That last fact also leads to, perhaps, the worst thing about Librivox--anyone can read these books. Sometimes, an individual reader will do an entire work; sometimes, you get a group. I've listened to two works thus far--Anthony Trollope's Barchester Towers, and The Sign of the Four, by Arthur Conan Doyle. Barchester Towers featured many readers. The words "Proudie," "St. Ewolds," and other proper names in the book were pronounced in different ways by different readers. The readers were not all native speakers of English--this is not a problem for me, as I like accents, but it can lead to some interesting mispronunciations (the word "ascertain" was pronounced consistently as "as certain"), and also, because different languages have different rules of intonation and emphasis, sometimes the emotional resonance of the work seems slightly different. This discordance can, paradoxically, lead to a new or better understanding of the work (because you're hearing the words in a way you didn't expect to), and I grew to like all of the readers for BT. There were some truly excellent readers in the bunch, and many okay ones: only one horrible one, though, and she did only one chapter. All in all, I enjoyed the motley crew.

The Sign of the Four was read by a single reader, a Canadian, so I enjoyed her vowels in "about" and suchlike. I did not enjoy her mispronunciation of the name Goethe--she said it so it rhymed with "both", and that set me on edge in the very worst of ways. Still, I listened to the entire book, and she did a mostly fine job with it.

So anyway, I recommend to those of you who enjoy audiobooks, who enjoy things in the public domain, and who are tolerant of readerly eccentricity.

Tuesday, May 19, 2009

Pride and Prejudice and Zombies by Jane Austen and Seth Grahame-Smith

I am incredibly pleased to post this review from one of my real-life and long-time BFFs, Tammy. Especially since I've been so bad at posting lately. I'm also excited to see this review because I have a copy of it waiting for me at the bookstore (I think) along with It Sucked and Then I Cried by Heather Armstrong. Enough about me, though. On to the zombies!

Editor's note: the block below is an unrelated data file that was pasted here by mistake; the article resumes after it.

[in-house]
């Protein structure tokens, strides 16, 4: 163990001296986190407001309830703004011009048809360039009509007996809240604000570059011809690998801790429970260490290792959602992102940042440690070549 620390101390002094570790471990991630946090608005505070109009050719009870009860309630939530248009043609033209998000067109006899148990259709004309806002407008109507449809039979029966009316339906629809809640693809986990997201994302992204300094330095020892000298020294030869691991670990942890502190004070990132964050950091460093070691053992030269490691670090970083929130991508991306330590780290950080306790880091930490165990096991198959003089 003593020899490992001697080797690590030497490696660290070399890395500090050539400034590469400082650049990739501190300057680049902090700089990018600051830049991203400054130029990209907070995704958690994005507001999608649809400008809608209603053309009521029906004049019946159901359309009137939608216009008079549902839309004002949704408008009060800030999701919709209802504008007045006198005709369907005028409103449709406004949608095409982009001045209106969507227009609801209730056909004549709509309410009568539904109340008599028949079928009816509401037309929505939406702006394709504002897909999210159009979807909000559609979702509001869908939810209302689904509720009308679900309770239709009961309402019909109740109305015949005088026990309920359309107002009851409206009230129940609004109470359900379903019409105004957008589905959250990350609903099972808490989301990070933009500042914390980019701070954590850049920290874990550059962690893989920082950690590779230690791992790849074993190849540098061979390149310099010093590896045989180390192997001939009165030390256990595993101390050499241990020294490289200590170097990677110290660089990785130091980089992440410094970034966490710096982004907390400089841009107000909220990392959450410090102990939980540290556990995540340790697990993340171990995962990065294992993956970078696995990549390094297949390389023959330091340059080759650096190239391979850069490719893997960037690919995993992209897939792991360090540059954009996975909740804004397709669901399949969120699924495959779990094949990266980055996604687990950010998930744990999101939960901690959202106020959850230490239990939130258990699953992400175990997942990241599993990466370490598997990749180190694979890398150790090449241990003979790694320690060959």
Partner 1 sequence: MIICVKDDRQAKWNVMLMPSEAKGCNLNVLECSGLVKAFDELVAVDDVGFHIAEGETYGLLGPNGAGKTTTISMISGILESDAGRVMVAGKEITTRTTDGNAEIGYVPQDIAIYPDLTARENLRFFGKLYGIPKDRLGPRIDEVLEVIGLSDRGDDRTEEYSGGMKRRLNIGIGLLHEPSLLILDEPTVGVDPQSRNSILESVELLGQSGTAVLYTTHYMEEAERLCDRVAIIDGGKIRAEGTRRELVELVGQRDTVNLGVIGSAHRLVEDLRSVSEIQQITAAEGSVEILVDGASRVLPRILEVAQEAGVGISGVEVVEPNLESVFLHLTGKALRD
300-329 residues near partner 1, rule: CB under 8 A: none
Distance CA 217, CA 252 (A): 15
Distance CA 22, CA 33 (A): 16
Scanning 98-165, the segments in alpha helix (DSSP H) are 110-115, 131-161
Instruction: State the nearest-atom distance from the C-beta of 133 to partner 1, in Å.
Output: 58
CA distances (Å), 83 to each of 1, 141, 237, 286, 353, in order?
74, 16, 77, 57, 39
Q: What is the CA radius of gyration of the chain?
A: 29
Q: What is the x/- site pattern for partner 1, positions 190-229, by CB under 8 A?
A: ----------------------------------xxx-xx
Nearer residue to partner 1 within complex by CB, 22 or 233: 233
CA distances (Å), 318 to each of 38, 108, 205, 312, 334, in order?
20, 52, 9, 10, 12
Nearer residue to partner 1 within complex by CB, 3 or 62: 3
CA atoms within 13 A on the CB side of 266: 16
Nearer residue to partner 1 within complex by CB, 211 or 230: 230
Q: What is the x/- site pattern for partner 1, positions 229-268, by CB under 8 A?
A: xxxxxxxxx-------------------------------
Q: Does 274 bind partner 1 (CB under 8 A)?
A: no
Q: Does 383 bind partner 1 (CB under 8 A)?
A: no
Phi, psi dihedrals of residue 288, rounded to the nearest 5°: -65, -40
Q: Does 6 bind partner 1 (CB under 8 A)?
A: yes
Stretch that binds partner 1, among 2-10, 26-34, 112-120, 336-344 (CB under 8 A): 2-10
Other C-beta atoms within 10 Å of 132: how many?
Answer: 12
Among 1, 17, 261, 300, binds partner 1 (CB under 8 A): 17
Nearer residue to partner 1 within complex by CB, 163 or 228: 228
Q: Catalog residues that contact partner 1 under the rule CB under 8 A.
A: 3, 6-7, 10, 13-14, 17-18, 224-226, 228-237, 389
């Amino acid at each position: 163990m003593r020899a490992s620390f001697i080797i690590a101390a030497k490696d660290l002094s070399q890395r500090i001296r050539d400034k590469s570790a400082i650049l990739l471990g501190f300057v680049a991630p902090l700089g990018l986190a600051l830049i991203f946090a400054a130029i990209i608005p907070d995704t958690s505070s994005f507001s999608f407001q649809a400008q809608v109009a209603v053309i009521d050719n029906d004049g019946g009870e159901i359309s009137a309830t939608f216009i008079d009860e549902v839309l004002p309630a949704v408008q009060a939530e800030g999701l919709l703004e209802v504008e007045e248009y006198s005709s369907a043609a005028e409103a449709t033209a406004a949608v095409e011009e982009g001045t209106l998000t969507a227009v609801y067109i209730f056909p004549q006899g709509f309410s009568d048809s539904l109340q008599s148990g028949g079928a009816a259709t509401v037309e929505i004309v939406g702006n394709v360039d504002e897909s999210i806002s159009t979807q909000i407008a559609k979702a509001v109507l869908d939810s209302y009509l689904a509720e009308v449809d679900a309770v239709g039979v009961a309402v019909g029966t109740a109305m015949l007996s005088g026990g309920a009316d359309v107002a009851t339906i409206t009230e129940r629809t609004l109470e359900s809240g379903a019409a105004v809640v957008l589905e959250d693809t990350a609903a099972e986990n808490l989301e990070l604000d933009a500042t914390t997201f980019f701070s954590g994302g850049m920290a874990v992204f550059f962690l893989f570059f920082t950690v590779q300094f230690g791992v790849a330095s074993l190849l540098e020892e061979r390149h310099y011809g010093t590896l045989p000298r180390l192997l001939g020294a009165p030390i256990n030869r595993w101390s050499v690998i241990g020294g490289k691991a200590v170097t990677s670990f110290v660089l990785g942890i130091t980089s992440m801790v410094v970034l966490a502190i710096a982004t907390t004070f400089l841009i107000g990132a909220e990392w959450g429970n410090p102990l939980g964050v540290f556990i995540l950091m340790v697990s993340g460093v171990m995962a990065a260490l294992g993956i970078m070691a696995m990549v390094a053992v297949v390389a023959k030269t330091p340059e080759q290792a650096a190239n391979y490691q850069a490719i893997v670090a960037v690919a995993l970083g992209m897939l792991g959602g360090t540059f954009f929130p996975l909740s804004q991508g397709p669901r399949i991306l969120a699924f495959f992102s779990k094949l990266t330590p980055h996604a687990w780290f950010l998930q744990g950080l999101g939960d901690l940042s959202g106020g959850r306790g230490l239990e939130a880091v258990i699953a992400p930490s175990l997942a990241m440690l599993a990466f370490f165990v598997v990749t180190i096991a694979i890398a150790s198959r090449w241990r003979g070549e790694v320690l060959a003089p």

Seth Grahame-Smith’s mash-up novel Pride and Prejudice and Zombies is a lot like finding chocolate in your peanut butter. Never could two more esteemed genres find companionship. The story is, of course, still Jane Austen’s—often verbatim—but with the much appreciated addition of zombies.

In P&P&Z, the sisters Bennet have all been trained in the deadly arts. They spend their days hunting unmentionables and husbands, Bingley is still dreamy and Mr. Darcy intolerable. The parody of manners and civility remain, enhanced with the burden of proper conduct during battle with either zombies or ninjas. Before roundhouse kicks, one must consider modesty. During their visit to Rosings, Elizabeth suffers Mr. Darcy and the unfortunate transition of her dear friend Charlotte:
What remained of Charlotte would liked to have believed this change the effect of love, and the object of that love her friend Eliza. She watched him whenever they were at Rosings, and whenever he came to Hunsford; but without much success, for her thoughts often wandered to other subjects, such as the warm succulent sensation of biting into a fresh brain. Mr. Darcy certainly looked at her friend a great deal, but the expression of that look was disputable. It was an earnest, steadfast gaze, but she often doubted whether there were much admiration in it, and sometimes it seemed nothing but absence of mind. And upon imaging Mr. Darcy’s mind, her thoughts would again turn to the subject of chewing on his salty, cauliflower-like brain.
Who, truly, has not, on occasion, desired a little blood and gore while reading of repression and propriety? Haven’t we all shared Elizabeth’s feelings toward a suitor at one time or another when she “resolved to hold Darcy’s heart, still beating, in her hand…?” Wouldn’t Wharton’s The Age of Innocence be more satisfying if Countess Olenska became a blood sucking vamp, rather than expiring pathetically of tuberculosis?

Grahame-Smith is also a screenwriter, so a movie version cannot be far behind. Spare us Keira Knightly or Gwyneth Paltrow. Give us the girl who always plays the outsider, a Kat Dennings or Eva Amurri. And LET HER KICK ASS!